Fallacy of Saving
by John M. Robertson (1812)
The following essay is an expansion of one written several years ago, and recently read to the Political Economy Circle of the National Liberal Club. The character of the criticism it then met with from some of the most competent members removed any hesitation I might formerly have felt as to the chance of my being right in an argument which will strike most readers at first sight as a strange paradox, and which runs counter not only to the standard authorities, but to the views of many of the younger economists who are supposed to have thrown off the old “orthodoxy.” The trained economists of the National Liberal Club, to my thinking, did not really defend the received economic doctrine of saving at all: they defended something else. And yet, while the received doctrine stands thus naked to criticism, I find that when a young economist presses the criticism he is made to suffer for it by exclusion from educational posts which are in the gift of adherents of the orthodox view. Having personally nothing to fear in this way, I feel the more bound to press the true doctrine, as I regard it, on public attention. I would preface my exposition, however, with an appeal to the candour and leniency alike of economic students and general readers, in consideration of the difficulty which attends all rectifications of abstract theory, and efforts at new economic analysis in perhaps a special degree.
As regards the practical solution propounded in the Second Part, I wish it to be noted that it is evolved as a strict economic solution of the problem led up to in the First, and, though it coincides with some proposals classified as Socialistic, is no a priori application of any abstract theory of society, and does not stand or fall with any such theory. In this connection I am glad to see that a widening hearing is being won for the doctrine of a naturalist as distinguished from an idealist treatment of social problems. This doctrine has been admirably put by a recent essayist, whose words I have as much pleasure in quoting as in endorsing:
“The solution which remains to be considered, and which the course of the argument has gradually brought into view, is the doctrine of State-control or State-regulation of industry accord-ing to the best ideas and knowledge attainable at the time. This, in distinction from the others, may be called the political solution. It is untouched by any of the arguments that have been fatal to the rest. In essence, it is the doctrine that has been instinctively acted upon both in ancient and modern States. When a mistaken industrial policy was pursued in the past, this was not because the State failed to recognise the limits of its own general sphere of action, but because it was ignorant of some particular law of economics. The remedy is not to exclude as many industrial questions as possible from the sphere of State-action, but to gain the most accurate knowledge of the conditions of particular problems, and then to apply it both negatively and positively, and not simply for the maintenance of prosperity, but for the transformation of the industrial system itself. This does not imply State-ownership of all capital, which is the Socialistic solution, but it implies that no limit shall be recognised to the action of the State upon industry except the knowledge that action would be injurious to the Commonwealth. Where there is doubt, there may be action or abstinence from action, according to the probabilities of the case. At a time like the present, when the industrial system is comparatively plastic, the bias ought to be in favour of action.”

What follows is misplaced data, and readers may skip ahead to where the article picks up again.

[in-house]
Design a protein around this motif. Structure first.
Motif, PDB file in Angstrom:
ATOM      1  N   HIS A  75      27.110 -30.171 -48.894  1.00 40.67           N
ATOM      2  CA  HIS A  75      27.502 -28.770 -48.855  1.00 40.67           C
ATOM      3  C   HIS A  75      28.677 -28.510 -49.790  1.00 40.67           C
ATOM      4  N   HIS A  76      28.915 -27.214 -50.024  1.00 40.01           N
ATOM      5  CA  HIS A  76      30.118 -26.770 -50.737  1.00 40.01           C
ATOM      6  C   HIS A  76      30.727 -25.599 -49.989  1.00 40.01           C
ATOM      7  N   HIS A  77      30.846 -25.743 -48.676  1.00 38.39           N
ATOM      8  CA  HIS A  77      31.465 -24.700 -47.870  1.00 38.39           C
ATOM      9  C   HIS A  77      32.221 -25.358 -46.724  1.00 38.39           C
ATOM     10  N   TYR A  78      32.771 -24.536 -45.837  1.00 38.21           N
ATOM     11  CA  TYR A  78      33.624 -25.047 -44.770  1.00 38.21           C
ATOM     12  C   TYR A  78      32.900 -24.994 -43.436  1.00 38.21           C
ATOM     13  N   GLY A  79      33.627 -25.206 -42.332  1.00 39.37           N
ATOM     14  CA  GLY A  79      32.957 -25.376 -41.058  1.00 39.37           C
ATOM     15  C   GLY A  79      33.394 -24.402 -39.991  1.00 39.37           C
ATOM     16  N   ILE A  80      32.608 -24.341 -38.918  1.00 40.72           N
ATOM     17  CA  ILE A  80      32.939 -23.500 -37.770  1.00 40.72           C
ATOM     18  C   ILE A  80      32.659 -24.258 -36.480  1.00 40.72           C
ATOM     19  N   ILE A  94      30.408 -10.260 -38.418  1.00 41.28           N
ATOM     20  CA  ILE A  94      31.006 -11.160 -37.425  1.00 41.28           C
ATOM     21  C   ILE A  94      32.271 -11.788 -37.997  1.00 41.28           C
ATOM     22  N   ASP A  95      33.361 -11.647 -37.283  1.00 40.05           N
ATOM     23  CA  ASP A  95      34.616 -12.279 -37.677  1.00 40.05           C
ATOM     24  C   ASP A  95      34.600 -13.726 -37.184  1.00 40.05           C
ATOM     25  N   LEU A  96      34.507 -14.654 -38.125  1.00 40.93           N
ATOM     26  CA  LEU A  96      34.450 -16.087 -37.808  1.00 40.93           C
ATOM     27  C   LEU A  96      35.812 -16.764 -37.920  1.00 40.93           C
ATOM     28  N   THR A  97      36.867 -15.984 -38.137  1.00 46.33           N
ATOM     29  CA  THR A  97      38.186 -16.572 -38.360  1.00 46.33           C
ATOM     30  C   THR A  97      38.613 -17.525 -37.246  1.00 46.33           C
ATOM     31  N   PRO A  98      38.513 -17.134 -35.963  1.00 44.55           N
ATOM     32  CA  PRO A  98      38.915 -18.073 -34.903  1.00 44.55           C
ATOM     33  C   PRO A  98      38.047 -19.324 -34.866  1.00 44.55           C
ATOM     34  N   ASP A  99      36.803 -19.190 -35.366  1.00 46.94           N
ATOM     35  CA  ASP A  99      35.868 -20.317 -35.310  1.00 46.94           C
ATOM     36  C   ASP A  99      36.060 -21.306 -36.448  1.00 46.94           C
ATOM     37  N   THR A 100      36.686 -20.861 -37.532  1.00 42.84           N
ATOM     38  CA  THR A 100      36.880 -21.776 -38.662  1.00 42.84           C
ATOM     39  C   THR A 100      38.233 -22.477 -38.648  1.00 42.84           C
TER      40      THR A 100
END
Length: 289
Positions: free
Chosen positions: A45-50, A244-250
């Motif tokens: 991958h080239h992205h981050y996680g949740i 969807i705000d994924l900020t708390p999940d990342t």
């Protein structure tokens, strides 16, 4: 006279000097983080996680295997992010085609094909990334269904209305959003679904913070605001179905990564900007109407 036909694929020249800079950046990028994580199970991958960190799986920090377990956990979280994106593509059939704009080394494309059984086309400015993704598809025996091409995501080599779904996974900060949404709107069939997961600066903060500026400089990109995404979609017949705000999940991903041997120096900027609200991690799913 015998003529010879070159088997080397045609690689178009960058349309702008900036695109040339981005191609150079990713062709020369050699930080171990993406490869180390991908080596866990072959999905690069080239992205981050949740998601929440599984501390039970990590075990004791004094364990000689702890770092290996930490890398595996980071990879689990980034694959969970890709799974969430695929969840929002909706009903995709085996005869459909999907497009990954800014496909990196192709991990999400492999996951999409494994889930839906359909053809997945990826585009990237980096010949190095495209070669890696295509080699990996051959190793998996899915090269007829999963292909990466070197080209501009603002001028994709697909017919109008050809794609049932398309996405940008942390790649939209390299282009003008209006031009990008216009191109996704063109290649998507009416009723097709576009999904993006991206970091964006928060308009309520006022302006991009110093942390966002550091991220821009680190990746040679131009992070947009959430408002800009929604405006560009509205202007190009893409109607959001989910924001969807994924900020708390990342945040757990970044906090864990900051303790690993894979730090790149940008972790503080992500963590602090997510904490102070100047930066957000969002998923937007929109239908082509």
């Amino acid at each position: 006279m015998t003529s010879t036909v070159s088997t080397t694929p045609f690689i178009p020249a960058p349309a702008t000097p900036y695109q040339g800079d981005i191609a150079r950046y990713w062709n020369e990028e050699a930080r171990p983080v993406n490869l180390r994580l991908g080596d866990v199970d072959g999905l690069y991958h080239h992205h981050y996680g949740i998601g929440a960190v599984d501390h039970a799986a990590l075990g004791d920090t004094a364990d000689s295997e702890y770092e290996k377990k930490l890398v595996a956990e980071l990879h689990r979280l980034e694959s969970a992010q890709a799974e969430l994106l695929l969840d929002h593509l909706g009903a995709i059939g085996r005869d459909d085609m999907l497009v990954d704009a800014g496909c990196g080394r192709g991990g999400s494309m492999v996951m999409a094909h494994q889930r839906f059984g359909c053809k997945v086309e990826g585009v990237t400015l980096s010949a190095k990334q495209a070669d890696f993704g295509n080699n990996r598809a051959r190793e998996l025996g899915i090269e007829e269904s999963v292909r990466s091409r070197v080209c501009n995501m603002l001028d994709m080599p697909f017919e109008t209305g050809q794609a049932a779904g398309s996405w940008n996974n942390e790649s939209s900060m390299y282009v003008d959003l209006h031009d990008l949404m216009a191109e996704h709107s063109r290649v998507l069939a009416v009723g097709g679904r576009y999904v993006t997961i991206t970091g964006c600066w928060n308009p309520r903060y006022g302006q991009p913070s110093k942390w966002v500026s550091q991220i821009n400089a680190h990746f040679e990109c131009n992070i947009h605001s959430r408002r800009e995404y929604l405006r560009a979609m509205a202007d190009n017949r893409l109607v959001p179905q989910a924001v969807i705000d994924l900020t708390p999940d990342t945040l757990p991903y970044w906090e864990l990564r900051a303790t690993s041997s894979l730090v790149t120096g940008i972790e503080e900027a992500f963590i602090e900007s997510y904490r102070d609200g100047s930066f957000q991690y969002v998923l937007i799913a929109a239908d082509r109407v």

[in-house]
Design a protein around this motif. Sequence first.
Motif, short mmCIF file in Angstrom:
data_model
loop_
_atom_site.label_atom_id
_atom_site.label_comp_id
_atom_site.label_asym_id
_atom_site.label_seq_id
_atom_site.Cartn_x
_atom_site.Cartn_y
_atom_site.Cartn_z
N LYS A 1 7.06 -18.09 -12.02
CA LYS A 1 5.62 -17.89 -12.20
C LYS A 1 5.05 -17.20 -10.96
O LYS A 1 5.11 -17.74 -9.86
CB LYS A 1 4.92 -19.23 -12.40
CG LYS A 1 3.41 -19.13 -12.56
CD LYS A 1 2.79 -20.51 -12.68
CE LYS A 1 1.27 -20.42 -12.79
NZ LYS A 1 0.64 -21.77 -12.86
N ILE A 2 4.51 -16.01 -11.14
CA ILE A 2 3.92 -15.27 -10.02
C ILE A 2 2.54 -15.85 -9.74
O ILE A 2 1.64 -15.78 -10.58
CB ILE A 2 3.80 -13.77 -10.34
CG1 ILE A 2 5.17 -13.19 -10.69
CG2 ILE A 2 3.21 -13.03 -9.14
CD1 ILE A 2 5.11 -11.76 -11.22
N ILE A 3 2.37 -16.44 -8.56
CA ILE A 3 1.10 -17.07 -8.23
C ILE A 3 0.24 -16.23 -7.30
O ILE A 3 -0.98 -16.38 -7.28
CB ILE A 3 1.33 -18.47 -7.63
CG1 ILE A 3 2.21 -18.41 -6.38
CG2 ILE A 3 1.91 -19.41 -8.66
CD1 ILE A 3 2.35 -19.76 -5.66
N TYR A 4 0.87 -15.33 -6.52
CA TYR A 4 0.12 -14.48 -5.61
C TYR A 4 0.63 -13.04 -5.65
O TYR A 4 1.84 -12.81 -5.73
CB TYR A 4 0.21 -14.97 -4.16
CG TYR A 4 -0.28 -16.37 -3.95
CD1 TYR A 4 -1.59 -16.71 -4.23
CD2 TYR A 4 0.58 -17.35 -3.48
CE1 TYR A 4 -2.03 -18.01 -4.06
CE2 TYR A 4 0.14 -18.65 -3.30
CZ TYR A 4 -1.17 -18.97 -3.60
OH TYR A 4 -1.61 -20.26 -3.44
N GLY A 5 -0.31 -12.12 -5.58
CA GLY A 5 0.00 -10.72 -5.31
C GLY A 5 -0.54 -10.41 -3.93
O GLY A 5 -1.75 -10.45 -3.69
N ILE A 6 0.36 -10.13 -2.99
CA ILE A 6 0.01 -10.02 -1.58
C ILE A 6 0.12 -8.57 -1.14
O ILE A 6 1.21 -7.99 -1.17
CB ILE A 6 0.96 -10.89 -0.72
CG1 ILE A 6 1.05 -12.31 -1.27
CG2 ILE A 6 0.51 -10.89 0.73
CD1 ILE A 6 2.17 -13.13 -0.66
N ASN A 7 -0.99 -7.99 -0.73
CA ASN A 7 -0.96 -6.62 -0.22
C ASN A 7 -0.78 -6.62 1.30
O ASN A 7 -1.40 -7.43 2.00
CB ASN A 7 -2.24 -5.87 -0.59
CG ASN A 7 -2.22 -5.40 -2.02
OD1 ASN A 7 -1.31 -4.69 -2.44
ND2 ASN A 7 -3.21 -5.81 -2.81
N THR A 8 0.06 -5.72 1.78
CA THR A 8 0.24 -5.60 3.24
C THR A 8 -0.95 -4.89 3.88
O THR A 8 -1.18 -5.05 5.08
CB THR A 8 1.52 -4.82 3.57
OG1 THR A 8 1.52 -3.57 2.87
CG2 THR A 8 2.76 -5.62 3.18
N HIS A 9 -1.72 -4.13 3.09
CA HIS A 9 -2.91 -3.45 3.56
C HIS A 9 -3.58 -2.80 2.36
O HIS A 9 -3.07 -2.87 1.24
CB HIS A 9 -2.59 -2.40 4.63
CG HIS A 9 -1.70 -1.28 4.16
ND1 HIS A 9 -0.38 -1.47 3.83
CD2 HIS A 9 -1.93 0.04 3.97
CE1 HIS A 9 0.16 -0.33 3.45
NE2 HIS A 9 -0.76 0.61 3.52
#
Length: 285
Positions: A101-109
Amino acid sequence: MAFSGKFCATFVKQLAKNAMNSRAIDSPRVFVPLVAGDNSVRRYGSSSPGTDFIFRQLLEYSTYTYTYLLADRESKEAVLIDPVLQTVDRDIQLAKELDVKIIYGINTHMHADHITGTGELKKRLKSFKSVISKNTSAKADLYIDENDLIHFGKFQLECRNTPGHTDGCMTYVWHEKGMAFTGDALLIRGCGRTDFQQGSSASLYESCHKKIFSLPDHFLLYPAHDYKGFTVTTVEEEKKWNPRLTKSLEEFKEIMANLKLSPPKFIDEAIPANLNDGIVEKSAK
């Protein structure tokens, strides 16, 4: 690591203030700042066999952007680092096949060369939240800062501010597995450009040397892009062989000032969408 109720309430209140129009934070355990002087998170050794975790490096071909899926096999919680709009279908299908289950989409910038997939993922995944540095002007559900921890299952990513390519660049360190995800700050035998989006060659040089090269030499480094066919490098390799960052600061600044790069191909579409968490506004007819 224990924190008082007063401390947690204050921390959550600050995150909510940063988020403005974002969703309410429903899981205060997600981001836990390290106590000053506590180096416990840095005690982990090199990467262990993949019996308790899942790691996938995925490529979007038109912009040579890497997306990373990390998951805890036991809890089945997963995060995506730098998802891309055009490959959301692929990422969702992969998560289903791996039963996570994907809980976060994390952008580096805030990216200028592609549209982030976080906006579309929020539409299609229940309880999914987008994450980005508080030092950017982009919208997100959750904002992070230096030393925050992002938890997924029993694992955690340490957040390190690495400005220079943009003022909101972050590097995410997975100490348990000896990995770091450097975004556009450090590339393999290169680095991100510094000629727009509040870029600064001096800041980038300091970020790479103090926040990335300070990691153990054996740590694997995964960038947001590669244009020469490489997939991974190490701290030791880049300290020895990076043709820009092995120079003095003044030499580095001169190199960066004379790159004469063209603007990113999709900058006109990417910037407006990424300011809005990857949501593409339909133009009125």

That may be taken as the political standpoint of the following treatise.
 Art. Politics and Industry, by Thomas Whittaker, in Macmillan’s Magazine for January, 1892.